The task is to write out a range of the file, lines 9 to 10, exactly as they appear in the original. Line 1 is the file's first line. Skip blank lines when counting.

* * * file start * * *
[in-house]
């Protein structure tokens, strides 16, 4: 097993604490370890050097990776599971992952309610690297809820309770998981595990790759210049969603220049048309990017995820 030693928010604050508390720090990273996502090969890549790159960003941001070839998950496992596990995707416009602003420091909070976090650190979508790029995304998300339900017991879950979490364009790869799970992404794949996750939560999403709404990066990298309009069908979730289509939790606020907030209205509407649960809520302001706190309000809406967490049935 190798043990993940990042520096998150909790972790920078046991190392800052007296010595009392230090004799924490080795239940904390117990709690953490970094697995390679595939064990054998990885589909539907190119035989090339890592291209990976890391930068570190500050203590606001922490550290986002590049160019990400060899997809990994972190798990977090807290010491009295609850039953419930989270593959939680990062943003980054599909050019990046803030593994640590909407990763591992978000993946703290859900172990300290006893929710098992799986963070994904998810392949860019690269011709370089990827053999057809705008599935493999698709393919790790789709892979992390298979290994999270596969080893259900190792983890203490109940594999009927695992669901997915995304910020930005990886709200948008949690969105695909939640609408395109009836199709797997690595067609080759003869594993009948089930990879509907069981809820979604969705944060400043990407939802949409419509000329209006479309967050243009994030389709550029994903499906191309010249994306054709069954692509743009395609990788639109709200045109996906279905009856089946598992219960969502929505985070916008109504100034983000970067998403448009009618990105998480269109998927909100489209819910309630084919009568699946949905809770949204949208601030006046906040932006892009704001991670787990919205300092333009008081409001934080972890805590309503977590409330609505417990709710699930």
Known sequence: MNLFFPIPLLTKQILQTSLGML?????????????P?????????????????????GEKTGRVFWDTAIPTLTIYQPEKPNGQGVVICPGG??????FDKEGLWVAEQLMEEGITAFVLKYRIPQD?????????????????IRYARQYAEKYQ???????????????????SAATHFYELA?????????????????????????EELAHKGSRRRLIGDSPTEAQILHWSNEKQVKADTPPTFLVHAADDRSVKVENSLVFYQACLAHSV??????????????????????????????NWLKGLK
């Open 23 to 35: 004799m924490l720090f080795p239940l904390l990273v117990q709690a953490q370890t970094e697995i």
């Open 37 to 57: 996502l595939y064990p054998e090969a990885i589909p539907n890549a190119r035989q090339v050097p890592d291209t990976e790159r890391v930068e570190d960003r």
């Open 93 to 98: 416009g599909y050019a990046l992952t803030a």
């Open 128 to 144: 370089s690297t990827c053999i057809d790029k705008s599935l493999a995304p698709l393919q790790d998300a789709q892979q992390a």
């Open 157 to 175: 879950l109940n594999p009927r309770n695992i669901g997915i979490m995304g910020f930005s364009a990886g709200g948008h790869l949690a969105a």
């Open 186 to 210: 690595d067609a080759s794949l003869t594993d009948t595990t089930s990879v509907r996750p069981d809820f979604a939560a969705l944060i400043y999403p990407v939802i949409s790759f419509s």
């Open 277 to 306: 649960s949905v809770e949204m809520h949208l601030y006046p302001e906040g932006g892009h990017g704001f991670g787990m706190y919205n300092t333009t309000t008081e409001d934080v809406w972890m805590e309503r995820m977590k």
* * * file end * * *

């Open 186 to 210: 690595d067609a080759s794949l003869t594993d009948t595990t089930s990879v509907r996750p069981d809820f979604a939560a969705l944060i400043y999403p990407v939802i949409s790759f419509s």
């Open 277 to 306: 649960s949905v809770e949204m809520h949208l601030y006046p302001e906040g932006g892009h990017g704001f991670g787990m706190y919205n300092t333009t309000t008081e409001d934080v809406w972890m805590e309503r995820m977590k």